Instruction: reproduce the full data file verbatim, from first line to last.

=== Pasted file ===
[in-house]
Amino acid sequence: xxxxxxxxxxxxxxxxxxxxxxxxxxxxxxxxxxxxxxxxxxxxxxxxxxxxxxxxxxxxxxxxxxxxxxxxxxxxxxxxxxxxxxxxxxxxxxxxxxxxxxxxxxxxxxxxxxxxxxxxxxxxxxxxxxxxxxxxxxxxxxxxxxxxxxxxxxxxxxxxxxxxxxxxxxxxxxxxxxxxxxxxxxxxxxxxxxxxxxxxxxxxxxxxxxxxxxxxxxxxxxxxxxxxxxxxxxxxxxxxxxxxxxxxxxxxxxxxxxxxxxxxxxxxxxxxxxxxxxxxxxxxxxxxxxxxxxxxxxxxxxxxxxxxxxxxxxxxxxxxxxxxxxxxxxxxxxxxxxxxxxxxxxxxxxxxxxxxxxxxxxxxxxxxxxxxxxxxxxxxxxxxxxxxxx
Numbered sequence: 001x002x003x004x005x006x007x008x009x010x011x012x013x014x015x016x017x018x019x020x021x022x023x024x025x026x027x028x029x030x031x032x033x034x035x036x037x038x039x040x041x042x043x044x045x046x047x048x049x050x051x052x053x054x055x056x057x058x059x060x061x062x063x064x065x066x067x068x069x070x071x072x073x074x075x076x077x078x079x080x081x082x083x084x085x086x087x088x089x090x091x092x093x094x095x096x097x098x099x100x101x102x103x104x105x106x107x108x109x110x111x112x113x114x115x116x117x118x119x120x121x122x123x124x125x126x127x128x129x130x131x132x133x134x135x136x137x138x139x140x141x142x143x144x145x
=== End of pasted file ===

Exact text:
[in-house]
Amino acid sequence: xxxxxxxxxxxxxxxxxxxxxxxxxxxxxxxxxxxxxxxxxxxxxxxxxxxxxxxxxxxxxxxxxxxxxxxxxxxxxxxxxxxxxxxxxxxxxxxxxxxxxxxxxxxxxxxxxxxxxxxxxxxxxxxxxxxxxxxxxxxxxxxxxxxxxxxxxxxxxxxxxxxxxxxxxxxxxxxxxxxxxxxxxxxxxxxxxxxxxxxxxxxxxxxxxxxxxxxxxxxxxxxxxxxxxxxxxxxxxxxxxxxxxxxxxxxxxxxxxxxxxxxxxxxxxxxxxxxxxxxxxxxxxxxxxxxxxxxxxxxxxxxxxxxxxxxxxxxxxxxxxxxxxxxxxxxxxxxxxxxxxxxxxxxxxxxxxxxxxxxxxxxxxxxxxxxxxxxxxxxxxxxxxxxxxx
Numbered sequence: 001x002x003x004x005x006x007x008x009x010x011x012x013x014x015x016x017x018x019x020x021x022x023x024x025x026x027x028x029x030x031x032x033x034x035x036x037x038x039x040x041x042x043x044x045x046x047x048x049x050x051x052x053x054x055x056x057x058x059x060x061x062x063x064x065x066x067x068x069x070x071x072x073x074x075x076x077x078x079x080x081x082x083x084x085x086x087x088x089x090x091x092x093x094x095x096x097x098x099x100x101x102x103x104x105x106x107x108x109x110x111x112x113x114x115x116x117x118x119x120x121x122x123x124x125x126x127x128x129x130x131x132x133x134x135x136x137x138x139x140x141x142x143x144x145x